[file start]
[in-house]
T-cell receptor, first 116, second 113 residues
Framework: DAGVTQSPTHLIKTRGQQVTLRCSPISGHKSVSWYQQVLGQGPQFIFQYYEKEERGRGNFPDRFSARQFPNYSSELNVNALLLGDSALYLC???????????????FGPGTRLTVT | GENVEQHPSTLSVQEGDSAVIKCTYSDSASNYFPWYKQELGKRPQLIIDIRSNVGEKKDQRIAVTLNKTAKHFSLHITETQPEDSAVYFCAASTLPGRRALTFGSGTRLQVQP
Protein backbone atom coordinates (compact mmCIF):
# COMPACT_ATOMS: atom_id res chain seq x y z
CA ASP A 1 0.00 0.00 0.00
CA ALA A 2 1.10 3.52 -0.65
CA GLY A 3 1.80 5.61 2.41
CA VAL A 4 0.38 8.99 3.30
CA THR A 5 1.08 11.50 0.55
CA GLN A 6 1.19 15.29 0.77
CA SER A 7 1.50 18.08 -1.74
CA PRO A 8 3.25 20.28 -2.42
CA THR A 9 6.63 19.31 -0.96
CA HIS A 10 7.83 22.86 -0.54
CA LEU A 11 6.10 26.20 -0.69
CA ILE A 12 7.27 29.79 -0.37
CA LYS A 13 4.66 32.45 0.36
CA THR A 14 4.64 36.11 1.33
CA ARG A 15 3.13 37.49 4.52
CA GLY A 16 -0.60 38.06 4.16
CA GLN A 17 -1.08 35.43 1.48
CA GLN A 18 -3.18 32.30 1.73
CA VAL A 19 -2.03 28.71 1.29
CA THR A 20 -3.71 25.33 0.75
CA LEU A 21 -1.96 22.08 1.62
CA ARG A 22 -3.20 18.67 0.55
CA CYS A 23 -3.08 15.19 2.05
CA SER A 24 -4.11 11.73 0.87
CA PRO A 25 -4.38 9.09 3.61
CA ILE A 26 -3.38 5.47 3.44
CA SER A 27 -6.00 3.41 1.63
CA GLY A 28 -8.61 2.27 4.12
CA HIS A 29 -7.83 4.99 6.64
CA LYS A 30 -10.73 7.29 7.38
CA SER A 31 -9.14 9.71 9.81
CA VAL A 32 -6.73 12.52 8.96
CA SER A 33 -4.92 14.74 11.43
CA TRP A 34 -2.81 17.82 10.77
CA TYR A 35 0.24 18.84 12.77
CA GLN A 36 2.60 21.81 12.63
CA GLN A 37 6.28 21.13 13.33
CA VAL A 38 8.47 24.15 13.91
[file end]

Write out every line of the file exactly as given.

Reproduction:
[in-house]
T-cell receptor, first 116, second 113 residues
Framework: DAGVTQSPTHLIKTRGQQVTLRCSPISGHKSVSWYQQVLGQGPQFIFQYYEKEERGRGNFPDRFSARQFPNYSSELNVNALLLGDSALYLC???????????????FGPGTRLTVT | GENVEQHPSTLSVQEGDSAVIKCTYSDSASNYFPWYKQELGKRPQLIIDIRSNVGEKKDQRIAVTLNKTAKHFSLHITETQPEDSAVYFCAASTLPGRRALTFGSGTRLQVQP
Protein backbone atom coordinates (compact mmCIF):
# COMPACT_ATOMS: atom_id res chain seq x y z
CA ASP A 1 0.00 0.00 0.00
CA ALA A 2 1.10 3.52 -0.65
CA GLY A 3 1.80 5.61 2.41
CA VAL A 4 0.38 8.99 3.30
CA THR A 5 1.08 11.50 0.55
CA GLN A 6 1.19 15.29 0.77
CA SER A 7 1.50 18.08 -1.74
CA PRO A 8 3.25 20.28 -2.42
CA THR A 9 6.63 19.31 -0.96
CA HIS A 10 7.83 22.86 -0.54
CA LEU A 11 6.10 26.20 -0.69
CA ILE A 12 7.27 29.79 -0.37
CA LYS A 13 4.66 32.45 0.36
CA THR A 14 4.64 36.11 1.33
CA ARG A 15 3.13 37.49 4.52
CA GLY A 16 -0.60 38.06 4.16
CA GLN A 17 -1.08 35.43 1.48
CA GLN A 18 -3.18 32.30 1.73
CA VAL A 19 -2.03 28.71 1.29
CA THR A 20 -3.71 25.33 0.75
CA LEU A 21 -1.96 22.08 1.62
CA ARG A 22 -3.20 18.67 0.55
CA CYS A 23 -3.08 15.19 2.05
CA SER A 24 -4.11 11.73 0.87
CA PRO A 25 -4.38 9.09 3.61
CA ILE A 26 -3.38 5.47 3.44
CA SER A 27 -6.00 3.41 1.63
CA GLY A 28 -8.61 2.27 4.12
CA HIS A 29 -7.83 4.99 6.64
CA LYS A 30 -10.73 7.29 7.38
CA SER A 31 -9.14 9.71 9.81
CA VAL A 32 -6.73 12.52 8.96
CA SER A 33 -4.92 14.74 11.43
CA TRP A 34 -2.81 17.82 10.77
CA TYR A 35 0.24 18.84 12.77
CA GLN A 36 2.60 21.81 12.63
CA GLN A 37 6.28 21.13 13.33
CA VAL A 38 8.47 24.15 13.91